Protesters have held their ground in Kyiv overnight despite a breakthrough peace deal. Ukraine now awaits the outcome of the pact, which is to pave the way for political reform and the release of ex-premier Tymoshenko.
However, the development on Friday night did not appear to appease many of the government critics who have been calling for President Yanukovych’s resignation.
“I received no pleasure from signing this deal,” the opposition leader said. “[But] he’s not going to resign. This isn’t realistic. We have to think about realistic steps.”
An ultranationalist speaker from the crowd, whose name has not yet been confirmed, reportedly pledged that protesters would resume their fight at 10 a.m. local time (0800 UTC) Saturday morning if President Yanukovych still remained in office.
By early Saturday morning, the Ukrainian president had left Kyiv, according to Ukrainian media outlets. However, sources diverged on his destination, with some suggesting he had flown to Kharkov to participate in regional political talks, while others said he had travelled to Sochi to join Russian President Vladimir Putin.
On Friday evening, Ukrainian leaders from the government and the opposition signed a peace deal which foresees the implementation of key political reforms aimed at returning stability to Ukraine.
The accord included provisions to carry out constitutional reforms by September, paving the way for elections by December 2014.
In the wake of deadly clashes between security forces and protesters in Kyiv this week, the opposing political sides agreed to conduct investigations into the violence and to ensure amnesty was granted to demonstrators arrested during the protests.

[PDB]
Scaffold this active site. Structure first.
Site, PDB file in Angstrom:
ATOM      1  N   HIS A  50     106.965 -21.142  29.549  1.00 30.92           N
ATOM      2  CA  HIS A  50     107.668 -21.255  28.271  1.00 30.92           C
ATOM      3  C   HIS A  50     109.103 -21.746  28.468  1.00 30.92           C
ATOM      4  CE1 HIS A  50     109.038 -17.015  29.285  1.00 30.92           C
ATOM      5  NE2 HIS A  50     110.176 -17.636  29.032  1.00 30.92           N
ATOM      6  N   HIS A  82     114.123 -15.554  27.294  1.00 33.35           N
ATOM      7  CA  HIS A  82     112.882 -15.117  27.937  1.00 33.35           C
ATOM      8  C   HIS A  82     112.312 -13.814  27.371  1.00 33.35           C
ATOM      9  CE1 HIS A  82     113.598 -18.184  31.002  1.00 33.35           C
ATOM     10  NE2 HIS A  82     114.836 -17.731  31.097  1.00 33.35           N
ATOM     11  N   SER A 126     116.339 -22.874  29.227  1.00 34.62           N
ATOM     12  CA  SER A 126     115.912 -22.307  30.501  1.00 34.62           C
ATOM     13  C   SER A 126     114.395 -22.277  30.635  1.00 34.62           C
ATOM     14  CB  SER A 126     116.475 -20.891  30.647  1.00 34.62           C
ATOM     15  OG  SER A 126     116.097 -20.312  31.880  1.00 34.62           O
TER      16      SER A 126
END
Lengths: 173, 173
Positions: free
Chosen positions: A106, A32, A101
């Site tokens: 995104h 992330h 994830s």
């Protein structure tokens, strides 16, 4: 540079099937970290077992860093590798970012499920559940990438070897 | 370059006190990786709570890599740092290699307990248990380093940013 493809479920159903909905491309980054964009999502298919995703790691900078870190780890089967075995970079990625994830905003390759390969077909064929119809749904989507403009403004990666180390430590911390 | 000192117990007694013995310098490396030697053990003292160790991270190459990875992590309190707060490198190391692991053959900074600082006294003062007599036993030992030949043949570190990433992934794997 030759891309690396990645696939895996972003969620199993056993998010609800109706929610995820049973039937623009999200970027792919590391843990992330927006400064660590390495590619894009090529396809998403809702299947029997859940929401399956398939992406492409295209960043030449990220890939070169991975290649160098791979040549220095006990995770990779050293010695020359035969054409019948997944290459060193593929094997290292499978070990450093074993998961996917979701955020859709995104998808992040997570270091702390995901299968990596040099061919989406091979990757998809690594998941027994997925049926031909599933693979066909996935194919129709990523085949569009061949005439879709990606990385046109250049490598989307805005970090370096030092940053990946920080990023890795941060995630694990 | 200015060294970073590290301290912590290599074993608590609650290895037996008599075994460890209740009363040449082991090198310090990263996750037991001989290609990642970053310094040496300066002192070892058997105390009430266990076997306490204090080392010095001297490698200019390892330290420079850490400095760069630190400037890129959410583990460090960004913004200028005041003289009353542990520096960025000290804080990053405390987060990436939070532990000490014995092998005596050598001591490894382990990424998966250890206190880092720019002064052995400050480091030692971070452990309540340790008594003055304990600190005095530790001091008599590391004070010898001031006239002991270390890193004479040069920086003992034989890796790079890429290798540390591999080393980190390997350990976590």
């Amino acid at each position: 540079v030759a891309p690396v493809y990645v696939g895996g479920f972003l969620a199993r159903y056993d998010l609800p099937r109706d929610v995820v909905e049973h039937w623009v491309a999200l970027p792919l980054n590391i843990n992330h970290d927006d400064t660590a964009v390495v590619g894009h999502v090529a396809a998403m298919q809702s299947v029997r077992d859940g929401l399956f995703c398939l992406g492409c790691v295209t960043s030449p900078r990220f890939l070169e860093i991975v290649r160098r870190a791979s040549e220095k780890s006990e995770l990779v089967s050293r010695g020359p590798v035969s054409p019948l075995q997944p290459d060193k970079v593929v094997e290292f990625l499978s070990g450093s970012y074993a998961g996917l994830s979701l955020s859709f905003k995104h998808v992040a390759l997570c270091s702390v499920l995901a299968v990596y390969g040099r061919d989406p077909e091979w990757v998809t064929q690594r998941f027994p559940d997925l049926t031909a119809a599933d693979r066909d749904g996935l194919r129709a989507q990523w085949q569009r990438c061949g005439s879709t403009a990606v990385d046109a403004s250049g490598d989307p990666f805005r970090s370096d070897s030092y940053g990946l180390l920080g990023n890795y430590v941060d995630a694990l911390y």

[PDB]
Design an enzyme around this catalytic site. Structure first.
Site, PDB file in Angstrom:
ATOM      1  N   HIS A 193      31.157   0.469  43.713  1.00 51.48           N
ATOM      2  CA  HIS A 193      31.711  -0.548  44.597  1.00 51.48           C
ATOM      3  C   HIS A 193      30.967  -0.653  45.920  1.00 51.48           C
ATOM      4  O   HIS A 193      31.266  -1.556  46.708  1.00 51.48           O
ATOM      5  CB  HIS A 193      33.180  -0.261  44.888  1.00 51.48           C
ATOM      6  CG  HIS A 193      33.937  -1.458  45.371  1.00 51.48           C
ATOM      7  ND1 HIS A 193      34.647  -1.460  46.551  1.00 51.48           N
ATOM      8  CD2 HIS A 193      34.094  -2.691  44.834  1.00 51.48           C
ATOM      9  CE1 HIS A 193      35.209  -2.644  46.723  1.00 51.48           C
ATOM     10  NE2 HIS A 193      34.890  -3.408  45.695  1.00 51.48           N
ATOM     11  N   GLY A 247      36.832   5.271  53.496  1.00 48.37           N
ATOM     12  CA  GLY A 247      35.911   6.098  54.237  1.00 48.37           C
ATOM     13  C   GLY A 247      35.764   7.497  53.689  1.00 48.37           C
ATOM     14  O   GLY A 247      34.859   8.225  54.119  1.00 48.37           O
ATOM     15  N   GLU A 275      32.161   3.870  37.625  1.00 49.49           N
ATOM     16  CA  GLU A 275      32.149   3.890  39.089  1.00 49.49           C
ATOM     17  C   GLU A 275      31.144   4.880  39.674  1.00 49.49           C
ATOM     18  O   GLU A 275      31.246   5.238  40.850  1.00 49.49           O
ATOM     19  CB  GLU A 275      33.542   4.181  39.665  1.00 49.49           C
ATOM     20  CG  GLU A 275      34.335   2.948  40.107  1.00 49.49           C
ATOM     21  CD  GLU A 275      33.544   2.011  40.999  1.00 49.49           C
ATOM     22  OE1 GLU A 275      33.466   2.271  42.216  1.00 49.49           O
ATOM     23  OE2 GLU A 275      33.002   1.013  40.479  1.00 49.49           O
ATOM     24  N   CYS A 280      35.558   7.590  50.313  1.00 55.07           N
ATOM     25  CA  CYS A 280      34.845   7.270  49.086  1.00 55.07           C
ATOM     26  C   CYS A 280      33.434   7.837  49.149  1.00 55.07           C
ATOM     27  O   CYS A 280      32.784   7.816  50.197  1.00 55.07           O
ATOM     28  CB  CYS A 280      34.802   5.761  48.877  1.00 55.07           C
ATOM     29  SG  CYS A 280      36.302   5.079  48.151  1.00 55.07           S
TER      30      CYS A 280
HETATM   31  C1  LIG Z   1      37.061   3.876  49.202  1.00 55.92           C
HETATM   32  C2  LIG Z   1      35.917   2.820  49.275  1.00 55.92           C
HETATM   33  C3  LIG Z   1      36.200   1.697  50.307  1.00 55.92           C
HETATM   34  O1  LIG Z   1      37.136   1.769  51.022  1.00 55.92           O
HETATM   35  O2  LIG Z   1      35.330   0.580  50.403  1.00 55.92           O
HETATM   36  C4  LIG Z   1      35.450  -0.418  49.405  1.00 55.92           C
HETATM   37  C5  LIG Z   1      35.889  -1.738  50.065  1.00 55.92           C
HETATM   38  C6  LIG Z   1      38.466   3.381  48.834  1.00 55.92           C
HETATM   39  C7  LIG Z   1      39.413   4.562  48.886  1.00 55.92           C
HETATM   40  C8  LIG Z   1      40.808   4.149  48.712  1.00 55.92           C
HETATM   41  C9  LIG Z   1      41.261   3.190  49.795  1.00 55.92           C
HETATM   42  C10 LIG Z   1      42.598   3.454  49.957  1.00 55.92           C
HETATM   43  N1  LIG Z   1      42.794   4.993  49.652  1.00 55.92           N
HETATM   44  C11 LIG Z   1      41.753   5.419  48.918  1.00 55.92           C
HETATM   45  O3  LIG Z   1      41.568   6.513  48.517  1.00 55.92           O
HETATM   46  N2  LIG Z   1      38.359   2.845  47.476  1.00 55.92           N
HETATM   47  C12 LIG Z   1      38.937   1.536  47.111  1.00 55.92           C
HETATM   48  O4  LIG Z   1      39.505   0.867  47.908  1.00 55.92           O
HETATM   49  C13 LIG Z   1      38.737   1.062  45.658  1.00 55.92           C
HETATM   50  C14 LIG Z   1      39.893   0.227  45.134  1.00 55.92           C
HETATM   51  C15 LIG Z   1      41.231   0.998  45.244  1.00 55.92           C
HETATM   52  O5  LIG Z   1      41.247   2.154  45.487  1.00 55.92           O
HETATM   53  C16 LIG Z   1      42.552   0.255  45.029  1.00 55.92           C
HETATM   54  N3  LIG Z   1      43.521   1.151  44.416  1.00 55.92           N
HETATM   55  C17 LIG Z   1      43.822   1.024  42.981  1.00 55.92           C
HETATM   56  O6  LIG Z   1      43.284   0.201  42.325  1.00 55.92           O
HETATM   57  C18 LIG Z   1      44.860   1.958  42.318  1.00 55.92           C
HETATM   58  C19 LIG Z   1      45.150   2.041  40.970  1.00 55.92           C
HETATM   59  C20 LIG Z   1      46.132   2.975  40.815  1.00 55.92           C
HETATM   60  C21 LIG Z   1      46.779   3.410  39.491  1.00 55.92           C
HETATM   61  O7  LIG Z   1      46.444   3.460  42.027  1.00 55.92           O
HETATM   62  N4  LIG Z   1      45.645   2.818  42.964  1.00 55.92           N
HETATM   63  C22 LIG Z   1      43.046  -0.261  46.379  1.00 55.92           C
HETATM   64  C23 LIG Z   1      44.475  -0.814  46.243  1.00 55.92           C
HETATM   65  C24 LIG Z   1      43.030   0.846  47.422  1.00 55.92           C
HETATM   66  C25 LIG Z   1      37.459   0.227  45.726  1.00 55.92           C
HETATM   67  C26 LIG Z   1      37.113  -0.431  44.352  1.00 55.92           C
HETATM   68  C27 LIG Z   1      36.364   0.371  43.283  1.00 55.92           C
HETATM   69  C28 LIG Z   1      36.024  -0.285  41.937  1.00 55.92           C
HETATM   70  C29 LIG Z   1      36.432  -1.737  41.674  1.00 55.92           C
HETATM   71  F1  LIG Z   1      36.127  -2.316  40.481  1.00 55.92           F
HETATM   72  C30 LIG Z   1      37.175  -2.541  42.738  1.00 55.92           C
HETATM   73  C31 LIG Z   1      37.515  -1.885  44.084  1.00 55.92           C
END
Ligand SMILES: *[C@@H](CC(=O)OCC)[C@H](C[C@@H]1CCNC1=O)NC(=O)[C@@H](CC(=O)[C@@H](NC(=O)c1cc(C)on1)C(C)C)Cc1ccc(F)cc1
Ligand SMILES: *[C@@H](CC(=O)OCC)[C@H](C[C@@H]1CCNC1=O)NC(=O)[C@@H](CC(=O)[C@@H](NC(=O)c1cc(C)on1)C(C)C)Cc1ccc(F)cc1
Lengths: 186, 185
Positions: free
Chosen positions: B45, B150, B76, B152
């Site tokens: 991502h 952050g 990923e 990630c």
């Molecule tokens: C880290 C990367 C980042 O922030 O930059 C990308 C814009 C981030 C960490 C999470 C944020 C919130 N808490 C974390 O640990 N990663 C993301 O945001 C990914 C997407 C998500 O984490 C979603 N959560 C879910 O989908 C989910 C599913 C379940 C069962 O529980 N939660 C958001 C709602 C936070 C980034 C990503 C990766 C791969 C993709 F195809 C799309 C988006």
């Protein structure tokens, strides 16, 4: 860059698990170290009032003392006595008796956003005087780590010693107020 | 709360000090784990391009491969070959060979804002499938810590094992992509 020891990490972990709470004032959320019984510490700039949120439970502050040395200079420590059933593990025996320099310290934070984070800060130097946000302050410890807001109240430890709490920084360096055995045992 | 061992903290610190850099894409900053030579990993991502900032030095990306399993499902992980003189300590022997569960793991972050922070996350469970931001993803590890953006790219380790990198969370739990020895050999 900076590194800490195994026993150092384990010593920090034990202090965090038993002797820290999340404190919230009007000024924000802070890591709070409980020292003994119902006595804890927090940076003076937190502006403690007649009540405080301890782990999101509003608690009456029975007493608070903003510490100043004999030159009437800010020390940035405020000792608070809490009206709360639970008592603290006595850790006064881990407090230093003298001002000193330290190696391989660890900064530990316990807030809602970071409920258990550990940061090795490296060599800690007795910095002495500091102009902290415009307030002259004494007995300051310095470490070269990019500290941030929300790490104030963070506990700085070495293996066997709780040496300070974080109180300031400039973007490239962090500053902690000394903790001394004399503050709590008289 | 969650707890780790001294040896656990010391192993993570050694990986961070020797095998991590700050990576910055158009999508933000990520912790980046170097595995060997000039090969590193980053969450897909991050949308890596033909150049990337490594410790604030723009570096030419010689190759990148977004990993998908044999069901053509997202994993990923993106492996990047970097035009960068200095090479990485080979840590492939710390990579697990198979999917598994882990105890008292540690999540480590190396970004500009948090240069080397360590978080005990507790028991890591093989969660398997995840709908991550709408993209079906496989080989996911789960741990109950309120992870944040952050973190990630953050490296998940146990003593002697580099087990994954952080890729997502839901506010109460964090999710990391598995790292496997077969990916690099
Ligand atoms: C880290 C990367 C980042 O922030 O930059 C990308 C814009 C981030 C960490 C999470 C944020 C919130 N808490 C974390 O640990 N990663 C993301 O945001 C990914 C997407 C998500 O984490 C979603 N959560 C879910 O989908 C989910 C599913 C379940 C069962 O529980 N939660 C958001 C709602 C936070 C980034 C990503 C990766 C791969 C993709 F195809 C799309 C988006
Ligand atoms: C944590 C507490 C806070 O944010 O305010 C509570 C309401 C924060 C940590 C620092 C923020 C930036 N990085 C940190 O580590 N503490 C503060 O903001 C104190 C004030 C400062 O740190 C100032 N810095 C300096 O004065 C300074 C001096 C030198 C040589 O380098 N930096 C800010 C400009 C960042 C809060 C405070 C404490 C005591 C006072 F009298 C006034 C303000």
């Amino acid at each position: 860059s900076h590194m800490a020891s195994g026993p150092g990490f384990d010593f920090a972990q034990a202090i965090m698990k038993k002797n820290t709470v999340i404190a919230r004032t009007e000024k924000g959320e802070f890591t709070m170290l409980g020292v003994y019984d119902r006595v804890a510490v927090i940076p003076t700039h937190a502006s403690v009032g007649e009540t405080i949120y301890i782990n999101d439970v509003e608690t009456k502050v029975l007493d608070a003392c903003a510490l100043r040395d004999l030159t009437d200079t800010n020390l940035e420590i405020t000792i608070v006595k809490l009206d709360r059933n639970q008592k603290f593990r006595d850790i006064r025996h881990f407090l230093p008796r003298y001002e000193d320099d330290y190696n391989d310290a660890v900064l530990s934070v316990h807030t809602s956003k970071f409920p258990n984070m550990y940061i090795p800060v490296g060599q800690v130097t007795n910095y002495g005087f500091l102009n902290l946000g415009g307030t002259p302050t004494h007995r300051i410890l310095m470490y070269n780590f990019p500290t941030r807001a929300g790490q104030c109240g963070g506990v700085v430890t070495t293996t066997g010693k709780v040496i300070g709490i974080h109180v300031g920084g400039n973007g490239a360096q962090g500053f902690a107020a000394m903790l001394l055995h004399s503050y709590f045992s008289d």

The deal was brokered by German Foreign Minister Frank-Walter Steinmeier, Polish Foreign Minister Radoslaw Sikorsi and French Foreign Minister Laurent Fabius. President Yanukovych signed the pact, alongside opposition leaders Arseniy Yatsenyuk, Vitali Klitschko and Oleh Tyahnybok.
Lawmakers wasted little time in voting through several significant motions. A return to the 2004 constitution, which moves significant powers from the president back to parliament, was the first matter to be voted on. Decisions to grant amnesty to demonstrators arrested in the anti-government protests and the firing of interior minister Vitali Zakharchenko followed. A vote to release Tymoshenko was then held, with 310 lawmakers of around 380 in favor. It is as yet unclear, however, when she will be released from jail in Kharkiv.
‘It’s the beginning’
International leaders responded positively to the peace deal, but also signalled they would be pushing for its swift implementation.
“This agreement is no the end of the process. It’s the beginning of the process,” German Foreign Minister Frank-Walter Steinmeier, who helped broker the deal, said.
Several hours later, US President Barack Obama and Russian President Vladimir Putin also echoed this sentiment, according to a senior State Department official speaking on the condition of anonymity.
During their “constructive” telephone conversation, President Putin said he wanted Moscow to have an active role in ensuring the plan was realized.
“They agreed that the agreement reached today needed to be implemented quickly, that it was very important to encourage all sides to refrain from violence, that there was a real opportunity here for a peaceful outcome,” the State Department official said.
In November, Yanukovych’s decision to shelve an Association Agreement with the EU in favor of closer ties with Moscow sparked the mass protests. In return, Russia granted Ukraine a $15 billion (10.9 billion euro) loan to help keep its economy afloat.
kms/tj (AP, AFP, Reuters, dpa)